Is the UK in a language crisis? The All-Party Parliamentary Group (APPG) for Modern Languages thinks so. Professor Mike Kelly, a languages advocate, expert and advisor to the APPG tells us why.
Lack of language skills is costing the UK 3.5 per cent of GDP. How does your new report recommend we turn that around?
Our language blind-spot costs us a lot of lost business, and it will need a multi-pronged approach to turn this around. The APPG report sets strategic objectives to achieve this in the areas of education, business and public policy.
Long-term, the APPG calls for a new language policy for schools, from infants through to school leavers. We would like to see a higher take-up of public exams, but also suggest opening up the range of qualifications that are available and looking at wider types of accreditation. What form these could take is open to debate, but you could include languages as part of apprenticeships and vocational qualifications or look at different types of exams, for example.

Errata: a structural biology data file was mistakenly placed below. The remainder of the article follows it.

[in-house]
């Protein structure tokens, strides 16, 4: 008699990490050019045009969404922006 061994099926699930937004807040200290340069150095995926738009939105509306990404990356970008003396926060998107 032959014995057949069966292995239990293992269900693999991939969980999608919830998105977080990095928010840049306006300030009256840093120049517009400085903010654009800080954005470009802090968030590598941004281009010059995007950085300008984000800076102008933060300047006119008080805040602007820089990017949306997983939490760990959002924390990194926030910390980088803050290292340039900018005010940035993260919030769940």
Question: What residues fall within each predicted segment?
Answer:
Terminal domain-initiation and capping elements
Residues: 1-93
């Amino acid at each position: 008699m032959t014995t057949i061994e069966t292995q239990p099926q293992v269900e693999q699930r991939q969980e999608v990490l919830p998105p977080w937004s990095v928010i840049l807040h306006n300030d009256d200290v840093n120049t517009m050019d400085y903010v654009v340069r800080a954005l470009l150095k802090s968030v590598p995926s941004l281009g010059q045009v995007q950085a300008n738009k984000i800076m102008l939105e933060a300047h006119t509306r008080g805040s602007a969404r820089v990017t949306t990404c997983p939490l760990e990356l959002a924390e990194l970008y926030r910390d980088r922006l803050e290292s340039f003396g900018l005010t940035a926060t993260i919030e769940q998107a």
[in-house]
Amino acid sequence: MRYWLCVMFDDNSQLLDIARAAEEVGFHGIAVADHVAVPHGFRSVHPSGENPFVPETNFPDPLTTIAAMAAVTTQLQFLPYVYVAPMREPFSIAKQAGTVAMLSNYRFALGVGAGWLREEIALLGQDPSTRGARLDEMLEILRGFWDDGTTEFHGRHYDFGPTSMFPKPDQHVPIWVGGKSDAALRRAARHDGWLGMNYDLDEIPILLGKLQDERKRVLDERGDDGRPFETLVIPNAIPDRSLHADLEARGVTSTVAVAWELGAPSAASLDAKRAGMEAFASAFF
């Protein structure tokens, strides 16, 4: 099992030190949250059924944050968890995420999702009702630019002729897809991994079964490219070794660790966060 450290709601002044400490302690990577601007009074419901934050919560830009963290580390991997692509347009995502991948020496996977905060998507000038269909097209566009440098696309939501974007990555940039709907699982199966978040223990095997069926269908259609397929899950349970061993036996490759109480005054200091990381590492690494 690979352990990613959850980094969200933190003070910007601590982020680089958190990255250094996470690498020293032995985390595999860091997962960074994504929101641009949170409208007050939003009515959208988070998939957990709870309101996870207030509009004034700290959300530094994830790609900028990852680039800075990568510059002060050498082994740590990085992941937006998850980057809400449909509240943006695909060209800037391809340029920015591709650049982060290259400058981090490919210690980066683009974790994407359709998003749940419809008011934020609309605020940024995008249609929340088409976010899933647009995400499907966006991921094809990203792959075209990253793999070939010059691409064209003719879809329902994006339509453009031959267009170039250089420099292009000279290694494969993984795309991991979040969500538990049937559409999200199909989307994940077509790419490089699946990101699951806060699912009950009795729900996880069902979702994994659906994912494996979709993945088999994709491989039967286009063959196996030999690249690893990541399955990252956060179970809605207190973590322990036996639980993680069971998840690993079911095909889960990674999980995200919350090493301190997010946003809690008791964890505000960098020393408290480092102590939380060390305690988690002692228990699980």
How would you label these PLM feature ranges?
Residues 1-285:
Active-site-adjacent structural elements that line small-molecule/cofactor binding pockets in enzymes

We also think young people should have access to a wider range of languages. Currently, Spanish and French are dominating, but the British Council also lists Mandarin and Arabic as two non-European languages in its top five Languages for the Future.
The report says languages need to be strengthened in colleges and universities by protecting language departments, as more than 50 universities in the UK have cut courses, or scrapped departments entirely since 2000.
It calls for incentives for businesses to invest in language and cultural skills in their workforce, for example through tax incentives. In particular, it is calling for government and business to work together to support schools in equipping students with the language and intercultural skills businesses want, and to support exporters.
The document calls on the government to co-ordinate language policy across departments – it’s not just a question for the Department for Education. Take the recent Export Strategy, for example – the importance of language skills is barely mentioned in this crucial, internationally facing, document.